Chez ma tante
Earlier this week I had the opportunity to head up to Saint-Michel. Specifically, 3180 Fleury (almost at the corner of Blvd. St-Michel.). There is the casse-est croute-est casse croute I have seen in a very long time. The menu is short: Steamés, Fries, Soda, Water, Coffee and the attendant variations, Fries with gravy and Poutine.
For those of you who are old enough to remember the Montreal Pool Room when it wasn't owned by Russians, or the Henri Richard Tavern, or any of the many other pieces of local culture that have been gone for 30+ years you'll instantaneously recognize the spirit. From a short discussion I had with the son of the owner. The place initially started as a chip wagon, back when there was street food allowed in Montreal - we're talking the 30s. As those were made illegal, they started making fries out of the front window of their house. As time passed, they renovated the house, so that what would have been the front porch became the restaurant. For all I know they still might live there.
As for the details, they use Shopsy hot dogs (or at least I assume they are Shopsy, because the Shopsy sign is larger than the Chez ma tante sign). The chou is generously added to the hot dog. It has the smallest of small vinegar tastes, just enough so that they become supple, not rigid. A perfect accompaniment to the hot dog and bun. It supplies just the right amount of crunch to the bun's pillow softness and the hot dog's meatiness. I would guess that the bun is an industrially made bun from processed white flour, but in order to be able to withstand the steaming, sometimes having additives helps. Also, I can't imagine a Steamé on anything else - can you? And the hot dog itself, what needs to be said? Also industrially produced, I haven't quite developed a preference of Hygrade or Shopsy, and having never really done a blind taste test would be hard pressed to identify any differences. But again if you're going for Steamés, you don't want a sausage, or a saucisse, you want a hot dog. I'll leave it up to folk like Martin Picard or Martin Juneau to come up with 21st century variations that make you pause. At Chez ma tante, you're getting them like they've been served for the past 70 years, I would guess.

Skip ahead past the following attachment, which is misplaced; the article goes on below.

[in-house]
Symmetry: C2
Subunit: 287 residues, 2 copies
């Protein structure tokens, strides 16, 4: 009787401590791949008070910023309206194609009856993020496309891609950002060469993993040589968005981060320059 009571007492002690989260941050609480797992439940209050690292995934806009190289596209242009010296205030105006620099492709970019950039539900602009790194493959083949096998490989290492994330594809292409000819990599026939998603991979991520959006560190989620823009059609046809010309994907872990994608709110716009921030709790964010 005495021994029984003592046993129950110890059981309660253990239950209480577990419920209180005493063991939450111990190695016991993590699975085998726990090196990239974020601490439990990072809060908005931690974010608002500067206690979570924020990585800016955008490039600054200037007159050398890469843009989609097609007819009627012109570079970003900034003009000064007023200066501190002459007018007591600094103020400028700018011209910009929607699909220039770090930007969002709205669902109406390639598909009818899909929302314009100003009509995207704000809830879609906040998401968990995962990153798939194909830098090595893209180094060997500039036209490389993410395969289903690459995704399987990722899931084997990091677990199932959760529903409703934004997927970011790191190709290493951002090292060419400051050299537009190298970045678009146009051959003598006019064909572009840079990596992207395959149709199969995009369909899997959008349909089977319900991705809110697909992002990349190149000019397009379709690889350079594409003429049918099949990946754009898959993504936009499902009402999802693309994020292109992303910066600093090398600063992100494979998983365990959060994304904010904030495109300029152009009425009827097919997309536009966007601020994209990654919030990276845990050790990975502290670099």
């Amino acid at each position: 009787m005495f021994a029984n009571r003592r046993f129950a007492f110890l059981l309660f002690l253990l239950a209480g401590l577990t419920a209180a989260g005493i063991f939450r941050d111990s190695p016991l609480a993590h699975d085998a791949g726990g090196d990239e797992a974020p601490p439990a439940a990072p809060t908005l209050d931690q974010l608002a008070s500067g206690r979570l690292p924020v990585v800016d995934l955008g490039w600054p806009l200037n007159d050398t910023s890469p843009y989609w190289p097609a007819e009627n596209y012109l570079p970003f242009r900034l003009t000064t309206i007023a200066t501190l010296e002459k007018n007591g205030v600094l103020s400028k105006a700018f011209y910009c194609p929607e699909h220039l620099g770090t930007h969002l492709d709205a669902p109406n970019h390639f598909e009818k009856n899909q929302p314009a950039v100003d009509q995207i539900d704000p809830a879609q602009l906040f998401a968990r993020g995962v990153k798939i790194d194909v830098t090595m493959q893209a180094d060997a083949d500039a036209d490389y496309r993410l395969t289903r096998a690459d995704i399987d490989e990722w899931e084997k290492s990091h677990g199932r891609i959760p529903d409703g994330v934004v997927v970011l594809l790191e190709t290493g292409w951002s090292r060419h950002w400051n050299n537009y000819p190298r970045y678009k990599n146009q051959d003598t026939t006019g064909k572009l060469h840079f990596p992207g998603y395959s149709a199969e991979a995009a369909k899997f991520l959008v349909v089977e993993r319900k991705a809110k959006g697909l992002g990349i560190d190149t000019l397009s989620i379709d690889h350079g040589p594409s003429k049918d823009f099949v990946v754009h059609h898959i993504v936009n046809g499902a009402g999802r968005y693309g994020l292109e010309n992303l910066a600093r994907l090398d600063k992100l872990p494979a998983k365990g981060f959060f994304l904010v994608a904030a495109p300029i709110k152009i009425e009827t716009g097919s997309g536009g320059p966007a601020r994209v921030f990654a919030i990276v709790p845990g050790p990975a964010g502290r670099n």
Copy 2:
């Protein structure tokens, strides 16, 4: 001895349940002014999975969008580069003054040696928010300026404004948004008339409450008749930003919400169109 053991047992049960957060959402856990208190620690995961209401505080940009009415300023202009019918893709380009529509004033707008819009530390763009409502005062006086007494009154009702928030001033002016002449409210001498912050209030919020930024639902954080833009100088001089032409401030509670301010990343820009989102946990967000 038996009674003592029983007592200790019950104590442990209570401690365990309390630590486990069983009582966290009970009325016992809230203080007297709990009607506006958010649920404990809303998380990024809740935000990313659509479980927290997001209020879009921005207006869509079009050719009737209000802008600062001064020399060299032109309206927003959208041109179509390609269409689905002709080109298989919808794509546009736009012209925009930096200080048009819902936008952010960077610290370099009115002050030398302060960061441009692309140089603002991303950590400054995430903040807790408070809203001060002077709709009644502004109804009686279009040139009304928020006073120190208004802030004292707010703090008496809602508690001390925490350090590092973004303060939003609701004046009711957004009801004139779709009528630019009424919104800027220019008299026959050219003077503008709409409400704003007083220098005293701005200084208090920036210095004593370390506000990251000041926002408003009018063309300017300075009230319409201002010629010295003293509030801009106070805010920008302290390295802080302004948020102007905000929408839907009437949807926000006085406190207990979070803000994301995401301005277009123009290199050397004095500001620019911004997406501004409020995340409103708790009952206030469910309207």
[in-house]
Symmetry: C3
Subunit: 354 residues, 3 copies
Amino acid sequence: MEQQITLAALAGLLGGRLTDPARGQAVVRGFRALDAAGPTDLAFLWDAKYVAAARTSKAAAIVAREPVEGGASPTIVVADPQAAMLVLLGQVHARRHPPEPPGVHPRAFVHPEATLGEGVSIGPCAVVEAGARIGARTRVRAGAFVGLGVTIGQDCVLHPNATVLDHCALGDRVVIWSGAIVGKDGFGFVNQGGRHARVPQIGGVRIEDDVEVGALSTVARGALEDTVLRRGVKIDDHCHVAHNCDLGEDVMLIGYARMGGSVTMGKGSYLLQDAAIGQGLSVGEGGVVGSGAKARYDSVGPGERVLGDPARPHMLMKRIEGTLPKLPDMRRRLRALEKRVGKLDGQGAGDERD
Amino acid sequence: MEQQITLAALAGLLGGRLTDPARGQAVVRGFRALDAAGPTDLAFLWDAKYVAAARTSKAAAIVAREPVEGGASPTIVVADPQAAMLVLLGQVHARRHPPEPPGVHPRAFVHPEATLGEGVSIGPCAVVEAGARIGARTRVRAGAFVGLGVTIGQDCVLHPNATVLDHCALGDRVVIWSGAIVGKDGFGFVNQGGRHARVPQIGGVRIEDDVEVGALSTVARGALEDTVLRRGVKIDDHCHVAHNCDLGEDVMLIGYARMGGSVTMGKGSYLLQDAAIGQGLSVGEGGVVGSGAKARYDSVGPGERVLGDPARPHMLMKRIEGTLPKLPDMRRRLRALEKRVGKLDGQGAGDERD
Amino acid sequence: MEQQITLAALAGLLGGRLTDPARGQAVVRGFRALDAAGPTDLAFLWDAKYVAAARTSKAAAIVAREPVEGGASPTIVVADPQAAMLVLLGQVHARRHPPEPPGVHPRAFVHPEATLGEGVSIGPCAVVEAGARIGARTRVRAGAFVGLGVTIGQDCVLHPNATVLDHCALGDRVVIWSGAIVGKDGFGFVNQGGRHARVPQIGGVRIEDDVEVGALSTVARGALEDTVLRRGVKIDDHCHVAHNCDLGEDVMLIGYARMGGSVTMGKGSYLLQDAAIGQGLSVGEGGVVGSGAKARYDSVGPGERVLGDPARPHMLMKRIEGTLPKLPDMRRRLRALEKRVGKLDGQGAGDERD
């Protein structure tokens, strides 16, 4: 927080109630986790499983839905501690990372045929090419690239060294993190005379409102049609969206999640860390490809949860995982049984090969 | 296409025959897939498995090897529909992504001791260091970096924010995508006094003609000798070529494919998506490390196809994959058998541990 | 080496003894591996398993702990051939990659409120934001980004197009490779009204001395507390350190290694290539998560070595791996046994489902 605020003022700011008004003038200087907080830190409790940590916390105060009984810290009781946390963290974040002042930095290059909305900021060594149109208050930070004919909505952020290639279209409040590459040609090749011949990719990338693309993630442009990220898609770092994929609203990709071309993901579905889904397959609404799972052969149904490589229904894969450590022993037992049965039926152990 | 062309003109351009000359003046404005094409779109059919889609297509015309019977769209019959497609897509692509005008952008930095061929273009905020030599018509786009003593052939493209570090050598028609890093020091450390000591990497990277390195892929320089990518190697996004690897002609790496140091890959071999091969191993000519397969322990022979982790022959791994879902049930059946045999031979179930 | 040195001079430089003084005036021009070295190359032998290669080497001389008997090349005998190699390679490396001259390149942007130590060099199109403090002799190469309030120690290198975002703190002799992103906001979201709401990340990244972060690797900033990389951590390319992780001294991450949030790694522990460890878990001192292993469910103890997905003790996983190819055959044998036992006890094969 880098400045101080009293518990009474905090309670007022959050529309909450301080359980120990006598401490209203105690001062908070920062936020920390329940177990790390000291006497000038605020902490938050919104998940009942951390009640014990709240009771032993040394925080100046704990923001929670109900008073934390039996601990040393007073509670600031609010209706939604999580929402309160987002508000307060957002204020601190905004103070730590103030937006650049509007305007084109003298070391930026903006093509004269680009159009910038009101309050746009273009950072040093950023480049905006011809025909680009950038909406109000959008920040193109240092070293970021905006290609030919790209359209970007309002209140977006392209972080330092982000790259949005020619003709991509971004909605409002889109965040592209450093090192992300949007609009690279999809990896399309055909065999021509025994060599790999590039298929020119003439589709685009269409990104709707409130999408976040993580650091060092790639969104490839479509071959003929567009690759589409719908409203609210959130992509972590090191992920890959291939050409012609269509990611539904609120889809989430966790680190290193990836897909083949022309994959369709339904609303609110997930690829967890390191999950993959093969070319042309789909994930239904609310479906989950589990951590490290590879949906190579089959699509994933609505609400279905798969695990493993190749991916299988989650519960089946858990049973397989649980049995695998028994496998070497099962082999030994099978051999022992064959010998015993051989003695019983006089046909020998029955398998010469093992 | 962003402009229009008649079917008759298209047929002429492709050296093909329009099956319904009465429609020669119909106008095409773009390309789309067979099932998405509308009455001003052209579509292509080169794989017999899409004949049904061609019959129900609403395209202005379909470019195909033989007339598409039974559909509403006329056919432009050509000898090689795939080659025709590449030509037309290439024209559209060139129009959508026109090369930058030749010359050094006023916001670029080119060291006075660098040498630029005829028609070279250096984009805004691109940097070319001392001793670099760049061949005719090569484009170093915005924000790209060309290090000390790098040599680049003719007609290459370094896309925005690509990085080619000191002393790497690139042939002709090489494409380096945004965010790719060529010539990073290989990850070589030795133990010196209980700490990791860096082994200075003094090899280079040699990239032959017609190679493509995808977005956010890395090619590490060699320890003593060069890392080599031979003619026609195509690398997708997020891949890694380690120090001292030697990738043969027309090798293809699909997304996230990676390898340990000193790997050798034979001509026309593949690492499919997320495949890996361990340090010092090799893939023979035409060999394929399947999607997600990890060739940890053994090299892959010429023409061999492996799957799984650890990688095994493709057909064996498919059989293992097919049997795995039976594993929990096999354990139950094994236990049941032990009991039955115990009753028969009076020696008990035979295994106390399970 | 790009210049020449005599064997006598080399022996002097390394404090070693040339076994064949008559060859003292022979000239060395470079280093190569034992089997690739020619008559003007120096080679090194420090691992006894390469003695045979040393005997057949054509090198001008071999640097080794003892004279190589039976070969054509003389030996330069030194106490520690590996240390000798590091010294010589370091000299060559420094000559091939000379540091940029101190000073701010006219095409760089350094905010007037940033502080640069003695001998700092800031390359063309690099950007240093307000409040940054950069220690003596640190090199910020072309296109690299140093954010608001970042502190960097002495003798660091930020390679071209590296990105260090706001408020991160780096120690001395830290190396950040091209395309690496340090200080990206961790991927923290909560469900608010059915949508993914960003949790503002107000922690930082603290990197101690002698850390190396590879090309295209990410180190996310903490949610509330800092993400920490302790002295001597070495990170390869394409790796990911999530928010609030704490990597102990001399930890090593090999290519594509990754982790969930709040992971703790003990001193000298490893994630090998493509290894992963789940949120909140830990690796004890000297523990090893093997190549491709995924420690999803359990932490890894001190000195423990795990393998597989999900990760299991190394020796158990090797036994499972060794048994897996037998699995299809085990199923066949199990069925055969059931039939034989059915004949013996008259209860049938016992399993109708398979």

The fries are, as would be expected, perfect. I had them in a poutine, and both with and without gravy they were spectacular. Adding the cheese curds made them like the 76/77 Canadiens invincible. They weren't greasy, they had just the right amount of crust and the taste of the potato shone through as bright as the Stanley Cup. I can't comment about the beverages because I did not partake of any.
If I were to make any complaints about the place, it would be that they are too far away from where I live, so I am unable to eat there as often as I would like. I might just have to start attending services at Notre-Dame-de-Pompéi so I can get my fix. Over an hour for a hot dog seems a little bit excessive, if I could combine it with something else, less so.
I love finding places like this, oozing with inherent nostalgia.
I like Lafleurs as their dogs and fries are kinda what you describe (granted their gravy sucks), but its a whole different experience from an old-time mom & pop place.
We keep an eye open for such places, especially when driving through small towns outside the city.
I used to love Ma tante 15 years ago but then their fries weren't that good anymore. They have a very good hot dog.
How was the fries? we're they big and undercooked or sweet tasting like long time ago?
With the Lesage disaster changing their fries, I would give ma tante another chance.
Yes! I interned in Montreal in college and rented an appartment right in front of Chez Ma Tante. Those hot dogs were incredible and I probably gained 10 pounds that summer. Loved the casing on the Shopsy's, had a tad more bite than your traditional 'steame'. Fries were excellent, not sloppy at all.
One of these days the old casse-croutes will be gone and we'll truly miss them. Thanks for making me remember my younger years. :D